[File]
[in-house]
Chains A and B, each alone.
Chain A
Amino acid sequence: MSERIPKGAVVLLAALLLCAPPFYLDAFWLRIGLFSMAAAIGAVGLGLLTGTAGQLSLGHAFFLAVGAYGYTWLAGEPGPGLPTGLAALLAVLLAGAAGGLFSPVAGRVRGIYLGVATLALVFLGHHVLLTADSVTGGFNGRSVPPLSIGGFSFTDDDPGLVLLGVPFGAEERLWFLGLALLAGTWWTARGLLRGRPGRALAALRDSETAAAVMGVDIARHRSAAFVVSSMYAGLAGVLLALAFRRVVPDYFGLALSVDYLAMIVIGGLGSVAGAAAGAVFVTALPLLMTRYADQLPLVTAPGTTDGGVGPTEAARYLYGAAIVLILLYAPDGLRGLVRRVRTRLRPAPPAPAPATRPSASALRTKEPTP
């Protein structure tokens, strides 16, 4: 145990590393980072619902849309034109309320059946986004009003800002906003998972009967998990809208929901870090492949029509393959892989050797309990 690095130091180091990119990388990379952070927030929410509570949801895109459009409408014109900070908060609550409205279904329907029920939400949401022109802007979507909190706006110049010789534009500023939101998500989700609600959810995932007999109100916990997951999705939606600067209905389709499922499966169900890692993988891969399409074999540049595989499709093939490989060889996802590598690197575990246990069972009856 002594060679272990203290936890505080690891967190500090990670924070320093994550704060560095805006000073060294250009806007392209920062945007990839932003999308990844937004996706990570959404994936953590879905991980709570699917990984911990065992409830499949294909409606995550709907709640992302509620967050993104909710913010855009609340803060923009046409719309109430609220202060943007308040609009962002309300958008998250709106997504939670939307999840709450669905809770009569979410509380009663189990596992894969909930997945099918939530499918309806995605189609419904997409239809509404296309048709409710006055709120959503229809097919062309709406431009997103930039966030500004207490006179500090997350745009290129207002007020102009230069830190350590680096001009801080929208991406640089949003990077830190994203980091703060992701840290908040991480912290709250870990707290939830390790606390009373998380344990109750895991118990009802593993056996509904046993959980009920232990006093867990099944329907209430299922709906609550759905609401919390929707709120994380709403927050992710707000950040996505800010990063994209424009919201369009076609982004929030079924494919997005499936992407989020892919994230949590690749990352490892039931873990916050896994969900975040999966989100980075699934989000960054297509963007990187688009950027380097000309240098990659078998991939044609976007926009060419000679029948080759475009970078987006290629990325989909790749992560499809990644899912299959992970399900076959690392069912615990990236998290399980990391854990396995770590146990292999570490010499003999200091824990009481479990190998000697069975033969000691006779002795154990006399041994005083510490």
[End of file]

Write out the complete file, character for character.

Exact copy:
[in-house]
Chains A and B, each alone.
Chain A
Amino acid sequence: MSERIPKGAVVLLAALLLCAPPFYLDAFWLRIGLFSMAAAIGAVGLGLLTGTAGQLSLGHAFFLAVGAYGYTWLAGEPGPGLPTGLAALLAVLLAGAAGGLFSPVAGRVRGIYLGVATLALVFLGHHVLLTADSVTGGFNGRSVPPLSIGGFSFTDDDPGLVLLGVPFGAEERLWFLGLALLAGTWWTARGLLRGRPGRALAALRDSETAAAVMGVDIARHRSAAFVVSSMYAGLAGVLLALAFRRVVPDYFGLALSVDYLAMIVIGGLGSVAGAAAGAVFVTALPLLMTRYADQLPLVTAPGTTDGGVGPTEAARYLYGAAIVLILLYAPDGLRGLVRRVRTRLRPAPPAPAPATRPSASALRTKEPTP
């Protein structure tokens, strides 16, 4: 145990590393980072619902849309034109309320059946986004009003800002906003998972009967998990809208929901870090492949029509393959892989050797309990 690095130091180091990119990388990379952070927030929410509570949801895109459009409408014109900070908060609550409205279904329907029920939400949401022109802007979507909190706006110049010789534009500023939101998500989700609600959810995932007999109100916990997951999705939606600067209905389709499922499966169900890692993988891969399409074999540049595989499709093939490989060889996802590598690197575990246990069972009856 002594060679272990203290936890505080690891967190500090990670924070320093994550704060560095805006000073060294250009806007392209920062945007990839932003999308990844937004996706990570959404994936953590879905991980709570699917990984911990065992409830499949294909409606995550709907709640992302509620967050993104909710913010855009609340803060923009046409719309109430609220202060943007308040609009962002309300958008998250709106997504939670939307999840709450669905809770009569979410509380009663189990596992894969909930997945099918939530499918309806995605189609419904997409239809509404296309048709409710006055709120959503229809097919062309709406431009997103930039966030500004207490006179500090997350745009290129207002007020102009230069830190350590680096001009801080929208991406640089949003990077830190994203980091703060992701840290908040991480912290709250870990707290939830390790606390009373998380344990109750895991118990009802593993056996509904046993959980009920232990006093867990099944329907209430299922709906609550759905609401919390929707709120994380709403927050992710707000950040996505800010990063994209424009919201369009076609982004929030079924494919997005499936992407989020892919994230949590690749990352490892039931873990916050896994969900975040999966989100980075699934989000960054297509963007990187688009950027380097000309240098990659078998991939044609976007926009060419000679029948080759475009970078987006290629990325989909790749992560499809990644899912299959992970399900076959690392069912615990990236998290399980990391854990396995770590146990292999570490010499003999200091824990009481479990190998000697069975033969000691006779002795154990006399041994005083510490």